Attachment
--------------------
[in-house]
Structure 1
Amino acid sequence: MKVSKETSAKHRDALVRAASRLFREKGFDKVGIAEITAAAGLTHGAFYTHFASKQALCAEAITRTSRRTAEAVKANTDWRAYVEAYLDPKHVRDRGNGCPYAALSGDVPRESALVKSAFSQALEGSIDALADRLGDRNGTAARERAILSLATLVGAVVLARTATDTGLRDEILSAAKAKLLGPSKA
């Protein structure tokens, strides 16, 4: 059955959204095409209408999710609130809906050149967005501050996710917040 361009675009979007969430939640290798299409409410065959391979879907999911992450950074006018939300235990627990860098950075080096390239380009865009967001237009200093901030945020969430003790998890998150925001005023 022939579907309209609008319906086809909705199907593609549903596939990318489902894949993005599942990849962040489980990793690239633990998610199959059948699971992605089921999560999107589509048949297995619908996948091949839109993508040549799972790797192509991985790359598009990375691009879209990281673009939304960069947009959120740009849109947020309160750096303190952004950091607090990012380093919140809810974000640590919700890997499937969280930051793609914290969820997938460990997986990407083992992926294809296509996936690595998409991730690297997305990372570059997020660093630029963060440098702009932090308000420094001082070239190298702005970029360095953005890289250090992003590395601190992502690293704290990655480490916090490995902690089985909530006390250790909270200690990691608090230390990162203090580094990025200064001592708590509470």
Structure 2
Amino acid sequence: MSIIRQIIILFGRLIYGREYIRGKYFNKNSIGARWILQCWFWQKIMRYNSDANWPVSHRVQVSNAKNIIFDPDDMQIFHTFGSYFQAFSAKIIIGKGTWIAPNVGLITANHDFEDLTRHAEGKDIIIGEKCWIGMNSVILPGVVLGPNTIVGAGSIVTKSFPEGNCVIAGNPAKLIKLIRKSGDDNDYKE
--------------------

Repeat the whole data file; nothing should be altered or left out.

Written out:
[in-house]
Structure 1
Amino acid sequence: MKVSKETSAKHRDALVRAASRLFREKGFDKVGIAEITAAAGLTHGAFYTHFASKQALCAEAITRTSRRTAEAVKANTDWRAYVEAYLDPKHVRDRGNGCPYAALSGDVPRESALVKSAFSQALEGSIDALADRLGDRNGTAARERAILSLATLVGAVVLARTATDTGLRDEILSAAKAKLLGPSKA
């Protein structure tokens, strides 16, 4: 059955959204095409209408999710609130809906050149967005501050996710917040 361009675009979007969430939640290798299409409410065959391979879907999911992450950074006018939300235990627990860098950075080096390239380009865009967001237009200093901030945020969430003790998890998150925001005023 022939579907309209609008319906086809909705199907593609549903596939990318489902894949993005599942990849962040489980990793690239633990998610199959059948699971992605089921999560999107589509048949297995619908996948091949839109993508040549799972790797192509991985790359598009990375691009879209990281673009939304960069947009959120740009849109947020309160750096303190952004950091607090990012380093919140809810974000640590919700890997499937969280930051793609914290969820997938460990997986990407083992992926294809296509996936690595998409991730690297997305990372570059997020660093630029963060440098702009932090308000420094001082070239190298702005970029360095953005890289250090992003590395601190992502690293704290990655480490916090490995902690089985909530006390250790909270200690990691608090230390990162203090580094990025200064001592708590509470």
Structure 2
Amino acid sequence: MSIIRQIIILFGRLIYGREYIRGKYFNKNSIGARWILQCWFWQKIMRYNSDANWPVSHRVQVSNAKNIIFDPDDMQIFHTFGSYFQAFSAKIIIGKGTWIAPNVGLITANHDFEDLTRHAEGKDIIIGEKCWIGMNSVILPGVVLGPNTIVGAGSIVTKSFPEGNCVIAGNPAKLIKLIRKSGDDNDYKE